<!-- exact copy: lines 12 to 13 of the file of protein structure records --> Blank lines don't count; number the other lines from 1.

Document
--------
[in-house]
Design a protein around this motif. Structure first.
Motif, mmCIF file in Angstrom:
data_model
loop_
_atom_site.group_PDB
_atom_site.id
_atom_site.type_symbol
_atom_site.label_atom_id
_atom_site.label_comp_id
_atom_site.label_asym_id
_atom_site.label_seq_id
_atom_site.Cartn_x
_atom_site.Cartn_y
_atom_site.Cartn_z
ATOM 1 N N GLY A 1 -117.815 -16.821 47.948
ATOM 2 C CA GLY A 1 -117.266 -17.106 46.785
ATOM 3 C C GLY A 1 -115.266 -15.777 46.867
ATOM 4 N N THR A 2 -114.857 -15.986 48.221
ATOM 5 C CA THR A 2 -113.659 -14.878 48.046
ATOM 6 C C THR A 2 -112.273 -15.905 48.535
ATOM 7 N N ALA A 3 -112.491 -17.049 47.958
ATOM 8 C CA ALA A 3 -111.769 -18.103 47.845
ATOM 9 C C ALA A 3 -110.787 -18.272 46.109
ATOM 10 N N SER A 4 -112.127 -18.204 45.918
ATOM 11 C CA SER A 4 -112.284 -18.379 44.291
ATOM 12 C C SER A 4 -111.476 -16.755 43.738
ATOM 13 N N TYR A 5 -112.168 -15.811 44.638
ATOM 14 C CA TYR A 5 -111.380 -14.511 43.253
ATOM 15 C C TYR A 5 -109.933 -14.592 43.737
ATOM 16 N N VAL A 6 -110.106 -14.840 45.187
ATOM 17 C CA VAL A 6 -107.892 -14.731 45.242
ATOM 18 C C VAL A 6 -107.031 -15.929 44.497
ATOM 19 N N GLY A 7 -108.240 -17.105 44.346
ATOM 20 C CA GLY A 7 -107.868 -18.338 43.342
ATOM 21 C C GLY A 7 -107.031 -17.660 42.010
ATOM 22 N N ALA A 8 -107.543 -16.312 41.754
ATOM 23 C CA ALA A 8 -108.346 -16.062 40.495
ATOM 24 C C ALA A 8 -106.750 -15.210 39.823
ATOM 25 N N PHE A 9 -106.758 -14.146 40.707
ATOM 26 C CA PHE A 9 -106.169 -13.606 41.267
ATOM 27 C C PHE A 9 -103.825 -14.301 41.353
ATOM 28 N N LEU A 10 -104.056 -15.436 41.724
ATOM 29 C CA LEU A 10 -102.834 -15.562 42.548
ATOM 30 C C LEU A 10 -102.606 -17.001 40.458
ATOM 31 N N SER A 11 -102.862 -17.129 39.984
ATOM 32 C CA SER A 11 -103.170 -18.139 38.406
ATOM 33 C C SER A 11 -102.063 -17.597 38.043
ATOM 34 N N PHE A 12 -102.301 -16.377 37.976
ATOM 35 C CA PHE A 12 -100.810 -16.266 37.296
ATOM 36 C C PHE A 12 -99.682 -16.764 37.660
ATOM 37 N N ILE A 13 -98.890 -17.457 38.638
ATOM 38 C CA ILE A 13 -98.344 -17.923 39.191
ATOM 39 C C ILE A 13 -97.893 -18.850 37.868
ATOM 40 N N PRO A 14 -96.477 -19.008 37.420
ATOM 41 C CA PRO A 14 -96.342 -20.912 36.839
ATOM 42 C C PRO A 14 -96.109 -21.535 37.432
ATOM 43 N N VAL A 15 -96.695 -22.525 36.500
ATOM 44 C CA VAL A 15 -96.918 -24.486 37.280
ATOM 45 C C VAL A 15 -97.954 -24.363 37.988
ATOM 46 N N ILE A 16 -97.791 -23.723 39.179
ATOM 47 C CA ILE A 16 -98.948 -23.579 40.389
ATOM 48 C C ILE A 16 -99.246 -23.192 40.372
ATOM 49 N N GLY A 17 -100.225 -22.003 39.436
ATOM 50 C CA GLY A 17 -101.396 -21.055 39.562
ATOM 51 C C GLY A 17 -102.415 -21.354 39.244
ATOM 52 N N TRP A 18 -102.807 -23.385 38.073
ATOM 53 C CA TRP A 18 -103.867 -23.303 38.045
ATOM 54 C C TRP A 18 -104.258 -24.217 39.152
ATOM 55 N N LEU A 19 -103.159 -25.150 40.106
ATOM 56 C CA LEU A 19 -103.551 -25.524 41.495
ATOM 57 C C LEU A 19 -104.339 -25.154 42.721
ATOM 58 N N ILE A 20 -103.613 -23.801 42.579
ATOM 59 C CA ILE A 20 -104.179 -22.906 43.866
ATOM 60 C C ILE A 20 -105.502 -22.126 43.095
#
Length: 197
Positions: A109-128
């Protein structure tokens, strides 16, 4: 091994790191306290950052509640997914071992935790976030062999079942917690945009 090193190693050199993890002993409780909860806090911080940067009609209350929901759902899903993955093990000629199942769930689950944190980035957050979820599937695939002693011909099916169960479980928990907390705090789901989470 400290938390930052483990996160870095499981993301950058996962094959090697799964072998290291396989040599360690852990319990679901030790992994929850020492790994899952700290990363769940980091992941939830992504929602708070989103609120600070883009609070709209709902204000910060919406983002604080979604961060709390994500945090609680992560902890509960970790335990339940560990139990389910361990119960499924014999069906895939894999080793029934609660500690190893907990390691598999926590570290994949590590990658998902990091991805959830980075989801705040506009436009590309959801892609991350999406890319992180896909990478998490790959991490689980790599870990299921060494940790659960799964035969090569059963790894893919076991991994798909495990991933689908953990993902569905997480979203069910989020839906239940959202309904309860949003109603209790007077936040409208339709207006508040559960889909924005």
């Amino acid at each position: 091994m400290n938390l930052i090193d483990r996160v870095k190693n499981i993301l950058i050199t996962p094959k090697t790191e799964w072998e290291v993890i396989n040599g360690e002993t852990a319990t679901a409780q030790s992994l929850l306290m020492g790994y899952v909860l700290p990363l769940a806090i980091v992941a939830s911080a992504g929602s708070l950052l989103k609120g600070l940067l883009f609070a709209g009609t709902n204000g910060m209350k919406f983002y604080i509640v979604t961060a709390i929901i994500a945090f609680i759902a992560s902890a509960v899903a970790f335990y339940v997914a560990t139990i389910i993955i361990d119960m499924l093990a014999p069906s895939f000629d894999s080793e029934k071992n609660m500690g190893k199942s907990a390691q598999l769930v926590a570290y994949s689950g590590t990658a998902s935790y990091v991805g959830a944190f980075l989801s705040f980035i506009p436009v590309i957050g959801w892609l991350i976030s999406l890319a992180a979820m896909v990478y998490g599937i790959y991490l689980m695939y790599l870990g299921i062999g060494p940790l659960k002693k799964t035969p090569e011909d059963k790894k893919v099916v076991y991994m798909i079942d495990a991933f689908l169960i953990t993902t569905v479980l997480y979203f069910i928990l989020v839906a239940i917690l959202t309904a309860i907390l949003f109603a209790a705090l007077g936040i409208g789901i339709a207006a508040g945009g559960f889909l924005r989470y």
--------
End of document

_atom_site.label_seq_id
_atom_site.Cartn_x